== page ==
Rush Limbaugh, Dr. Laura Schlessinger and Bruce Williams all have something in common – they are riding the wave of the information age by packaging information in a hard-hitting yet entertaining format, and delivering it on talk radio.
Dr. B.J. Palmer even recognized the power of radio when he started “WOC” (World of Chiropractic) radio in Davenport, Iowa, in chiropractic’s formative years. He subsequently wrote a book entitled “Radio Salesmanship” to help other chiropractors harness the power of this medium.
Though the idea may seem formidable at first glance, with a little persistence, patience and knowledge, you, too, can host your own radio show. An effective program can help flood your office with new patients and can give you credibility in your community as a health-care expert.
To start the process of developing your own show, you need to find out which stations in your area have a “talk” format. The majority of stations that carry a “music” format will not necessarily want to air a “talk” program, though that is not always the case. The smaller the market, the greater the possibility that the station will host a talk program, especially if it is packaged as a service to the community.
Another option to actually doing talk show on a music station is doing a “live commercial.” This is when a disc jockey or station host calls you on the telephone, live, and asks you a health-related question to which you respond.
Your next step is contacting the production manager. Call, make an appointment, and present your idea for the show. Your in-person presentation must convey interest and enthusiasm; make sure you have a lively, one-page, written description to leave behind. Remember, you must answer the biggest question the production manager will have: “Will this show be of interest to our listeners?” The other important, follow-up question will be: “Will it draw a large enough crowd to sell advertising spots?”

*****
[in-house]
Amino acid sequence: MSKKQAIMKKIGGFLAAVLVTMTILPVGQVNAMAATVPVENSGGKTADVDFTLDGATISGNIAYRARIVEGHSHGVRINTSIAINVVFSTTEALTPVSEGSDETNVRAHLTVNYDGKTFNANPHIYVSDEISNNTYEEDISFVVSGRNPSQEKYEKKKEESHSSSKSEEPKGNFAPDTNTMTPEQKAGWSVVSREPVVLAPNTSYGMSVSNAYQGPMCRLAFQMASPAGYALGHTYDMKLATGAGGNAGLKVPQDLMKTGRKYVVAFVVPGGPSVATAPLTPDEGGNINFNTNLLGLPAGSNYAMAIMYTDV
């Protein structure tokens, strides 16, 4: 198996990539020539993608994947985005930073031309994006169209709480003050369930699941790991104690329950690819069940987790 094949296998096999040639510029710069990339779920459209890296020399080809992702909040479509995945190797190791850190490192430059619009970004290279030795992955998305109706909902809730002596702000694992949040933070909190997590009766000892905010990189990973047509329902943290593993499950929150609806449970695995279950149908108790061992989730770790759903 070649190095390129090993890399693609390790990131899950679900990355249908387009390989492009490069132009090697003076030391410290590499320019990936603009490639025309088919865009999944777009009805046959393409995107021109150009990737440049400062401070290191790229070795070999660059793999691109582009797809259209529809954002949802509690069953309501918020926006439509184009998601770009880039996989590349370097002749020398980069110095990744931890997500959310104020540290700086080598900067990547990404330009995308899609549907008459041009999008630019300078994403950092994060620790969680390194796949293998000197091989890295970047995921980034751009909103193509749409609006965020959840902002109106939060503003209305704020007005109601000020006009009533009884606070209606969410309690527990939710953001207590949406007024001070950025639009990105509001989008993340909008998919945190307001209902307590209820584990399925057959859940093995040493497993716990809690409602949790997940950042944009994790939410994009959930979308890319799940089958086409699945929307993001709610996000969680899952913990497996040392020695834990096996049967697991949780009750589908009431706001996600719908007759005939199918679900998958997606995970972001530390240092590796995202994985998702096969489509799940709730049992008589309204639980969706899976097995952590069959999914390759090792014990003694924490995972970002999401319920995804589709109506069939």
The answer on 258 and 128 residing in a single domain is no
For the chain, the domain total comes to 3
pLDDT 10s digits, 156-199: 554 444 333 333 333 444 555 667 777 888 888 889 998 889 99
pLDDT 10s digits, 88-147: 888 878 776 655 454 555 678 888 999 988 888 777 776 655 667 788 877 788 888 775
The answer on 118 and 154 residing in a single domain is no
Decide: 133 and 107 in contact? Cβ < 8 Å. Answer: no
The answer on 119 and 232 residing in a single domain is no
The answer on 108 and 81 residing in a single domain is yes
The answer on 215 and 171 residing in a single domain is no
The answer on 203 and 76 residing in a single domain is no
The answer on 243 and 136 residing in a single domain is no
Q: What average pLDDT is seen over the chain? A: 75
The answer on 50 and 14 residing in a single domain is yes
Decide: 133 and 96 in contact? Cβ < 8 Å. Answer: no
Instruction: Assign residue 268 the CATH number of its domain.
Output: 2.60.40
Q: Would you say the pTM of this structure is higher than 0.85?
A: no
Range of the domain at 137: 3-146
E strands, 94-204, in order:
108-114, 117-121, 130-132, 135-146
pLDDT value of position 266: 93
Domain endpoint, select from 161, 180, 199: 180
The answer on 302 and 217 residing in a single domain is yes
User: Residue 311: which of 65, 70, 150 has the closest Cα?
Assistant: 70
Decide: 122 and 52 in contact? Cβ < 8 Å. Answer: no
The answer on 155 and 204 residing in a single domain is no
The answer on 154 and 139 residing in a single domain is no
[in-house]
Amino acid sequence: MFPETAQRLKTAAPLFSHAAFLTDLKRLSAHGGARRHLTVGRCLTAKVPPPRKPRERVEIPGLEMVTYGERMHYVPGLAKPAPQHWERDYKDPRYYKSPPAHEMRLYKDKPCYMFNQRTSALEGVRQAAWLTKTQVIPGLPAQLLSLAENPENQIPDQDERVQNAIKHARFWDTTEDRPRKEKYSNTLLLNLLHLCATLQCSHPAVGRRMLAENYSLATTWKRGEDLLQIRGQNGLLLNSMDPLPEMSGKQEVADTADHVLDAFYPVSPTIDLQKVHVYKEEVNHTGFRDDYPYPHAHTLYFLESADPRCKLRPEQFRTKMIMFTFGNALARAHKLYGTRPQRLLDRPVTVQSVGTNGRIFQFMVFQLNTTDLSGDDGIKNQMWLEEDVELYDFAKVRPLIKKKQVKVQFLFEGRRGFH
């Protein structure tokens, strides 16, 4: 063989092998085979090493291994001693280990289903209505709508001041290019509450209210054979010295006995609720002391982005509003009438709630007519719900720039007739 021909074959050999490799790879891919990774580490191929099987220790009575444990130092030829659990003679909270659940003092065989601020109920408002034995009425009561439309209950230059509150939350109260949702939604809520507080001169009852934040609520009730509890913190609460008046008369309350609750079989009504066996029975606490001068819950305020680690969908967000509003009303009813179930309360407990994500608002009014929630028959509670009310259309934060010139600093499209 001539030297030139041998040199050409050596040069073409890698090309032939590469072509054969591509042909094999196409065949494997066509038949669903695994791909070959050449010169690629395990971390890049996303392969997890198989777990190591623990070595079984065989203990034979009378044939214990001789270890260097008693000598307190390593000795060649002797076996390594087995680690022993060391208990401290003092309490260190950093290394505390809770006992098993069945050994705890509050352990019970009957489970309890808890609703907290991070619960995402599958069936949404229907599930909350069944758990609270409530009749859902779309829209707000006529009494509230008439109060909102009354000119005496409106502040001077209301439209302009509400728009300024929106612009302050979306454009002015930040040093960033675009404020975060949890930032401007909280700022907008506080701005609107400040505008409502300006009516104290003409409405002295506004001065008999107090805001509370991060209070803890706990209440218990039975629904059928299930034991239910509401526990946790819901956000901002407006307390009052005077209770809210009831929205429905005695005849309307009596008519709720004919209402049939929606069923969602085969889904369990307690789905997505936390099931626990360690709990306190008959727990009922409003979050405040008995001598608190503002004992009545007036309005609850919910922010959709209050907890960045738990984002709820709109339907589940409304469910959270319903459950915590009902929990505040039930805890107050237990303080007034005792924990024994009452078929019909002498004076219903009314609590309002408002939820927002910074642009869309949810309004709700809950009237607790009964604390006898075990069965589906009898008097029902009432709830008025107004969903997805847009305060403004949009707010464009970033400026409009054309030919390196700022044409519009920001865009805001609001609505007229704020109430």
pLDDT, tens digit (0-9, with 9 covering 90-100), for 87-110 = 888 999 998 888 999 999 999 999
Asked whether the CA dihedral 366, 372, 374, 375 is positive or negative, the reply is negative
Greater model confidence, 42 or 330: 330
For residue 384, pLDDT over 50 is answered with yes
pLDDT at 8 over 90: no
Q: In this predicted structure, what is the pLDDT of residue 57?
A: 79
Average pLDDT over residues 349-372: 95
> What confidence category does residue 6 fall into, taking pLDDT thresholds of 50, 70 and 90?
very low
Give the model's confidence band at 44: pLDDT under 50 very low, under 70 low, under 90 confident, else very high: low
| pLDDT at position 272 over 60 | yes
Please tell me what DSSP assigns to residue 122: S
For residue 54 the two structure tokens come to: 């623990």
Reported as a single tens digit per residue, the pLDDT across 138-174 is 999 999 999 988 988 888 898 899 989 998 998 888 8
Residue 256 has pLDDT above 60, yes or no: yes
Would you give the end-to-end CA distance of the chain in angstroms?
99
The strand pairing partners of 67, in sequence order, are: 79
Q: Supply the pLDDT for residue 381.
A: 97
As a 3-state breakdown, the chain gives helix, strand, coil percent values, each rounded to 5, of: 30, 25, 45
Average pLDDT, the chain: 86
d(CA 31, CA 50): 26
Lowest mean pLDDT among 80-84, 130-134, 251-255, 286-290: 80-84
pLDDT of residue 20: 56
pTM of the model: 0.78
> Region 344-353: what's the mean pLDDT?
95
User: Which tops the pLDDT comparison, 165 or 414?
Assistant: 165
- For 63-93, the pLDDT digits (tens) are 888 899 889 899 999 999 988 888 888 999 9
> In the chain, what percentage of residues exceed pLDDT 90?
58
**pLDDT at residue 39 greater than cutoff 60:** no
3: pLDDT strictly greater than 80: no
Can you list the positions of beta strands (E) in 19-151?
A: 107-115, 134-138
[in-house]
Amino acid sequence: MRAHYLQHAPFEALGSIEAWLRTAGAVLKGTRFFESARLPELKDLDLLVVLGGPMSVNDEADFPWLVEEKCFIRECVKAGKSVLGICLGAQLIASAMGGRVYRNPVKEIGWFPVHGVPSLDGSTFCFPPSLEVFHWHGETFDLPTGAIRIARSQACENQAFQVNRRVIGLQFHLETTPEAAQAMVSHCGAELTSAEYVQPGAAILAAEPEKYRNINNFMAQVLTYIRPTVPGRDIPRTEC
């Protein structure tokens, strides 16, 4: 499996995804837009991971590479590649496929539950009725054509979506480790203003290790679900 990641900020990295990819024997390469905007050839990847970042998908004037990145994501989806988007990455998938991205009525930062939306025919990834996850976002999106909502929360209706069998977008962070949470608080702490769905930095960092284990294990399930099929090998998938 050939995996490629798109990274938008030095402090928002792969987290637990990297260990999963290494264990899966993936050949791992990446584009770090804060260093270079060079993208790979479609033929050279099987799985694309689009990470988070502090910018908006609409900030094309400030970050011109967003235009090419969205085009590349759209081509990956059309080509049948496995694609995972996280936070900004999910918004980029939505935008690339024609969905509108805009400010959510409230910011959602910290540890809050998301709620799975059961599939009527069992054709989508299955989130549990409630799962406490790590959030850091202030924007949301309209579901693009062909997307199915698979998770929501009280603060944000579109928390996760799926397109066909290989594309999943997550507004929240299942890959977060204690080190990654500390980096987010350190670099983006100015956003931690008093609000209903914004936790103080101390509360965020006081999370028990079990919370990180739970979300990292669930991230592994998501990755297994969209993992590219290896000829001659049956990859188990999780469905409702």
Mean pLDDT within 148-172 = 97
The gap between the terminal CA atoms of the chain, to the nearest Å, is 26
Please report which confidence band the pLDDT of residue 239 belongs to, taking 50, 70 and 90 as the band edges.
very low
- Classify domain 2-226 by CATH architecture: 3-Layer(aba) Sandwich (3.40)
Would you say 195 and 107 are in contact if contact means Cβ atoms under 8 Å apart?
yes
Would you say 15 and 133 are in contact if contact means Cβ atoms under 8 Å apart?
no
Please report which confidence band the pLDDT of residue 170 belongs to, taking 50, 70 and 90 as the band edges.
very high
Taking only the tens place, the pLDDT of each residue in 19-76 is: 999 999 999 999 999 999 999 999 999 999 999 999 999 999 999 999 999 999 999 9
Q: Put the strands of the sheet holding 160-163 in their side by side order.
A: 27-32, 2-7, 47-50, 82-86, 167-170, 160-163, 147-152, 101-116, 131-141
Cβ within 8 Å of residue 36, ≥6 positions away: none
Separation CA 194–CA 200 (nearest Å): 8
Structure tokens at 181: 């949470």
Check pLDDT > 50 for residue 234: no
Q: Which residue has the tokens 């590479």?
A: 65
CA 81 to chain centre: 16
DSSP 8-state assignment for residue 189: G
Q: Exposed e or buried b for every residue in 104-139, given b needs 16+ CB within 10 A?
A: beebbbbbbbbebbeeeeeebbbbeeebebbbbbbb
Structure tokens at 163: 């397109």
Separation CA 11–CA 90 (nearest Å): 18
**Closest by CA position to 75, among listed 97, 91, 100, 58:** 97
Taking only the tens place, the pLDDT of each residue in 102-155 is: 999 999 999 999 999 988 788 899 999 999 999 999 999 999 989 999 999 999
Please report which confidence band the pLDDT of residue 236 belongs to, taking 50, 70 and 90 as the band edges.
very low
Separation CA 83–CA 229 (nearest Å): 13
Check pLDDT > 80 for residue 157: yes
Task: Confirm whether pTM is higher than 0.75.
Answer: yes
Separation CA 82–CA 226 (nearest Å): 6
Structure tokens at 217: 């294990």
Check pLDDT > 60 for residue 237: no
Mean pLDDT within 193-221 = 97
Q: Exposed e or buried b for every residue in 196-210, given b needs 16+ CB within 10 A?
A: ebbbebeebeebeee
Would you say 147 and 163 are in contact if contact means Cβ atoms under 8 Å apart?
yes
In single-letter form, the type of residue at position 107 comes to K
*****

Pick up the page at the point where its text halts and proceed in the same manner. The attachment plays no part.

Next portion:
Be sure to give the production manager an overview of the audience you hope to reach and the types of questions you think you’ll be fielding. The public lives with symptoms, syndromes and named diseases. Your approach should focus on natural options to these problems. Like the advice you give in your practice, your advice on the show will most likely emphasize healthy eating, nutrition, exercise, and, of course, chiropractic.
The next step to getting your program on the air is to negotiate a contract. Don’t try anything less than a six-month contract – it takes that long to get your message, and your name, to penetrate the mind set of the people in your community. It is essential, while in the negotiation process, that you have the radio station include promos and one-minute commercials as part of your package.
While it is preferable that you have a one-hour time slot for your show, if you can only get a 30-minute slot, then grab it. Additionally, go for a time slot that you think will match the peak listening hours of your prospective patients; however, don’t be reluctant to take a weekend slot; it still can be quite productive.
On the Air
You want to immediately engage your listeners as the program opens. Make your opening point or question and grab their attention. For instance, pose a health problem, and let your audience know you will be presenting a natural, unique, or alternative approach and/or perspective to that problem during the course of the show.’